Hillicon Valley: Election interference report looms large for Trump | NORAD to track Santa even under shutdown | Uber's driverless cars return to road after fatal accident

Welcome to Hillicon Valley, The Hill's newsletter detailing all you need to know about the tech and cyber news from Capitol Hill to Silicon Valley.

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THE HOLIDAYS ARE AROUND THE CORNER and we are off for the holidays. We appreciate all our readers who have followed Hillicon Valley through 2018. We will be back up and running on Jan. 2. Until then, go wild with eggnog and cyber-safe online shopping. It's a busy day in Washington, dominated by the shutdown drama, but there's also some tech and cyber news.

 

MIDTERM TEST: President TrumpDonald John TrumpTrump rips Dems' demands, impeachment talk: 'Witch Hunt continues!' Nevada Senate passes bill that would give Electoral College votes to winner of national popular vote The Hill's Morning Report - Pelosi remains firm despite new impeachment push MORE is about to be told whether the U.S. intelligence community believes foreign interference took place during last month's midterm elections.

Under an executive order signed by Trump earlier this year, the Office of the Director of National Intelligence (DNI) will deliver an assessment on election security to the White House on Friday, marking the second time officials will have determined whether there was foreign meddling in a U.S. general election.

If officials find that interference took place -- a prediction already being made by lawmakers on both sides of the aisle -- it will pose a major test for Trump, who has been criticized for not doing enough to combat meddling from U.S. adversaries.

"I don't think there's any doubt that Russia's influence efforts are ongoing," Sen. Marco RubioMarco Antonio RubioAnother VPOTUS tries for POTUS: What does history tell us? Tensions swirl around Iran as administration to brief Congress Tensions swirl around Iran as administration to brief Congress MORE (R-Fla.) said Wednesday. "They view it as part of their broader strategy, it's a key part of their tactics they use around the world.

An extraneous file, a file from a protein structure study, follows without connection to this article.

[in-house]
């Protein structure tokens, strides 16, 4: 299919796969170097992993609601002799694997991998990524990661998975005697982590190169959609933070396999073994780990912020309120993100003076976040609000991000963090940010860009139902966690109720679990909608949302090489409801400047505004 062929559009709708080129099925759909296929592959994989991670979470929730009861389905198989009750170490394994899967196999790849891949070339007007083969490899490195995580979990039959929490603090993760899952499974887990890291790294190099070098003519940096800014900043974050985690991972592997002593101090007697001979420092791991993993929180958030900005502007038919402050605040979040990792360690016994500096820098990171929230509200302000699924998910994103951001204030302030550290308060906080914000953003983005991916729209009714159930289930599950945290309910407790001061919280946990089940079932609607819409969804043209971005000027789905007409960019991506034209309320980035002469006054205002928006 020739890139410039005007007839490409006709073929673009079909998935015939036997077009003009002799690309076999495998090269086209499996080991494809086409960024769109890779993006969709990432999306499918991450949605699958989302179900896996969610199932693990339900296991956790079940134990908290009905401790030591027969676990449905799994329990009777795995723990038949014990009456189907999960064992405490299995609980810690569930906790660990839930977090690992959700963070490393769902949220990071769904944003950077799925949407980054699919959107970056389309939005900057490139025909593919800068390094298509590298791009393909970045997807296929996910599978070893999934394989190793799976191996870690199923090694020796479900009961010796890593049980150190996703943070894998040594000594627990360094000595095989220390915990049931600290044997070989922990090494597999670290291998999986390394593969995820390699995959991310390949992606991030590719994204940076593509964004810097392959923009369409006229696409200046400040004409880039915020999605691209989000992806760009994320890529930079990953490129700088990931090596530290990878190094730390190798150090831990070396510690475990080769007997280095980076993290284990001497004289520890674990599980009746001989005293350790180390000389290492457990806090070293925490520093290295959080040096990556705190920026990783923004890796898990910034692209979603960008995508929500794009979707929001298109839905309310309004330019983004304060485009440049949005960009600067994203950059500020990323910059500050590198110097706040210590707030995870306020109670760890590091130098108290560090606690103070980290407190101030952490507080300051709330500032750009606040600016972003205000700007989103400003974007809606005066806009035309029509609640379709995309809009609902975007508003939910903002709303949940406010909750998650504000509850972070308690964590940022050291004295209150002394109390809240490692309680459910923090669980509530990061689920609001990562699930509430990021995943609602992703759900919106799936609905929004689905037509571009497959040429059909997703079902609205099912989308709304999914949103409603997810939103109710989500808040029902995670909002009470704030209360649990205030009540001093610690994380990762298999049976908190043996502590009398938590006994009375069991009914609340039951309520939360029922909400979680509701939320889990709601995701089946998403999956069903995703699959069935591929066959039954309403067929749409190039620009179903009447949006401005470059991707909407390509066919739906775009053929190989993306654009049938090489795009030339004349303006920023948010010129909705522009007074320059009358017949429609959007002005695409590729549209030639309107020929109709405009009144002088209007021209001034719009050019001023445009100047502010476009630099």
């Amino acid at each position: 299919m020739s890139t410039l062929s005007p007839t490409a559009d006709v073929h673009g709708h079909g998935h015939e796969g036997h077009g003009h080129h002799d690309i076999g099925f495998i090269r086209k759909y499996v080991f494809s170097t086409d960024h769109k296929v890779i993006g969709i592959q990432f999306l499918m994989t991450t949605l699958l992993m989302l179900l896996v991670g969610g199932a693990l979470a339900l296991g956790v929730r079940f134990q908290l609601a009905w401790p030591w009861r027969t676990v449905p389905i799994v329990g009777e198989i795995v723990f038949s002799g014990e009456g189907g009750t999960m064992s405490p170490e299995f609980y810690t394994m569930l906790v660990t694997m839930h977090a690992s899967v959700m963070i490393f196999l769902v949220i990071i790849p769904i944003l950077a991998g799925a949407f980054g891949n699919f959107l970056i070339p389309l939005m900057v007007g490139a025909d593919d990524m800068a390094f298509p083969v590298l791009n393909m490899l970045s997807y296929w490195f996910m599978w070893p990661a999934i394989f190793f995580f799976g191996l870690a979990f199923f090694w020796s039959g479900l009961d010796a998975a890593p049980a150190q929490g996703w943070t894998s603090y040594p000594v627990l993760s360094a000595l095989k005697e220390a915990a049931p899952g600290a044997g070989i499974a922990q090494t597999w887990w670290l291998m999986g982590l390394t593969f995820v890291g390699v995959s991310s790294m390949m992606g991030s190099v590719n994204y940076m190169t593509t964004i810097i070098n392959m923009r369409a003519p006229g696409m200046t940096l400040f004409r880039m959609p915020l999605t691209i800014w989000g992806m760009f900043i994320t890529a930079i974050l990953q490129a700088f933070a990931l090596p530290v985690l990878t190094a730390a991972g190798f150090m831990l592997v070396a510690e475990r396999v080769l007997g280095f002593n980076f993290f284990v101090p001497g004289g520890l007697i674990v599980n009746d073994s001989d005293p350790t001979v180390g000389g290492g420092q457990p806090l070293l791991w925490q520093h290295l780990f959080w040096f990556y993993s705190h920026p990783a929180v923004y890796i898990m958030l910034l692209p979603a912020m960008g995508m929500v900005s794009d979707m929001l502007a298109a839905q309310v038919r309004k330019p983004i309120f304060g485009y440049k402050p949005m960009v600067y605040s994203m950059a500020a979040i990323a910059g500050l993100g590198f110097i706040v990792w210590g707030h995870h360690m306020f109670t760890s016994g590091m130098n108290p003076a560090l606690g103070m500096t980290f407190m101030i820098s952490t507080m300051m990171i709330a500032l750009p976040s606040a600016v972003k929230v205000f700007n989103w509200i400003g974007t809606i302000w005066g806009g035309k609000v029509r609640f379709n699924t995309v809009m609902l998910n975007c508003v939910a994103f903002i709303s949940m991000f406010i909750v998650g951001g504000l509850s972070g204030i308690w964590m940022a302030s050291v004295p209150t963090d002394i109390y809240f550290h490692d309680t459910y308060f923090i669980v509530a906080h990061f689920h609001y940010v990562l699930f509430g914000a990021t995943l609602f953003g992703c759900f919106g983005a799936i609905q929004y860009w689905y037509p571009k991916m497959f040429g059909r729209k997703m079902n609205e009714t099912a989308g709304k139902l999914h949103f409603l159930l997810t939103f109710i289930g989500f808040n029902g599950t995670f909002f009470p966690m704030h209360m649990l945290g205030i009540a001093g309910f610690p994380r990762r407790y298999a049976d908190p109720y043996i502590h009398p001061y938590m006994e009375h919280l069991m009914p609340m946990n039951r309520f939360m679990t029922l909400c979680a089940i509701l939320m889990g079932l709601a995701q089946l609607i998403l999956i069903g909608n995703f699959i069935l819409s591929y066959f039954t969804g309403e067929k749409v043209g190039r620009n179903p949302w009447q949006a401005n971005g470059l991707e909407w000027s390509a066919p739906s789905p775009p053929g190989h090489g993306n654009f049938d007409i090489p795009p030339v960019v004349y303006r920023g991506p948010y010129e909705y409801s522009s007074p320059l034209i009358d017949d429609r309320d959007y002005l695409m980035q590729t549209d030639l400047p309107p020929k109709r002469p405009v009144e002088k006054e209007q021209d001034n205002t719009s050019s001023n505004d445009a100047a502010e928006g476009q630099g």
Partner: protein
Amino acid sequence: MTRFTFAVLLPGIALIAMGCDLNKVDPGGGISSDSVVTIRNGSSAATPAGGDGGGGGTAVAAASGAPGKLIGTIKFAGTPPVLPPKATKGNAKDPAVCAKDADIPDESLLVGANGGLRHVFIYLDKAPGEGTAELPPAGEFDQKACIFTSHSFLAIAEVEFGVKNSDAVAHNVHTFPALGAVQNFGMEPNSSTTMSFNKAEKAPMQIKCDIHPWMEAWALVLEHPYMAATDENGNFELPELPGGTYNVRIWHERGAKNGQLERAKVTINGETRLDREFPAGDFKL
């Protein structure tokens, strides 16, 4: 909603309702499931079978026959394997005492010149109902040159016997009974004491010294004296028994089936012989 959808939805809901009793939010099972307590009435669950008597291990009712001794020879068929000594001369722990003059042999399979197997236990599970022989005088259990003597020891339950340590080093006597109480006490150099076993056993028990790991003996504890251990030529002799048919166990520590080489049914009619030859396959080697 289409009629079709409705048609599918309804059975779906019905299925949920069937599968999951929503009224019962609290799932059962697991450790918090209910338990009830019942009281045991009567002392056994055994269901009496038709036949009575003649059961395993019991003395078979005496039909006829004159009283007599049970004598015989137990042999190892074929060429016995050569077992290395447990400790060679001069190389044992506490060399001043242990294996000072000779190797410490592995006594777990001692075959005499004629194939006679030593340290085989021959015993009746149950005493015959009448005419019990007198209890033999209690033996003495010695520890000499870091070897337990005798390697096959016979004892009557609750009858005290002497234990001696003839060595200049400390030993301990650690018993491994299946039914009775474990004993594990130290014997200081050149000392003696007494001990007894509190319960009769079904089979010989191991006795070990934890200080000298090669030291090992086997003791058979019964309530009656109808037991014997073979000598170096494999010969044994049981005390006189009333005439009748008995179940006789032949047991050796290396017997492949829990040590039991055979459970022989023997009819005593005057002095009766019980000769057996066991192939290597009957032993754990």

"I'll wait for the DNI to issue their report on the findings, but I think you'll find that they were less successful but nonetheless active," he added.

A spokesperson for DNI confirmed to The Hill that the intelligence community will submit its assessment on election interference to the White House on Friday. But it's not clear whether the report will be made public.

There are hints as to what officials will conclude.

Defense Secretary James MattisJames Norman MattisPentagon reporters left in dark as Iran tensions escalate Trump officials slow-walk president's order to cut off Central American aid: report Overnight Defense — Presented by Huntington Ingalls Industries — Trump nominates Shanahan as Pentagon chief | House panel advances bill to block military funds for border wall | Trump defends Bolton despite differences MORE said this month that Russia had interfered in the midterm elections, which returned Democrats to the majority in the House for the first time in eight years.

And shortly before Election Day, federal prosecutors unsealed an indictment against a Russian national for her alleged role in operating an influence campaign against U.S. elections, including the midterms.

Lawmakers said this week that they believe that Russia also meddled in the midterms, but not to the extent that it was involved in the 2016 presidential election.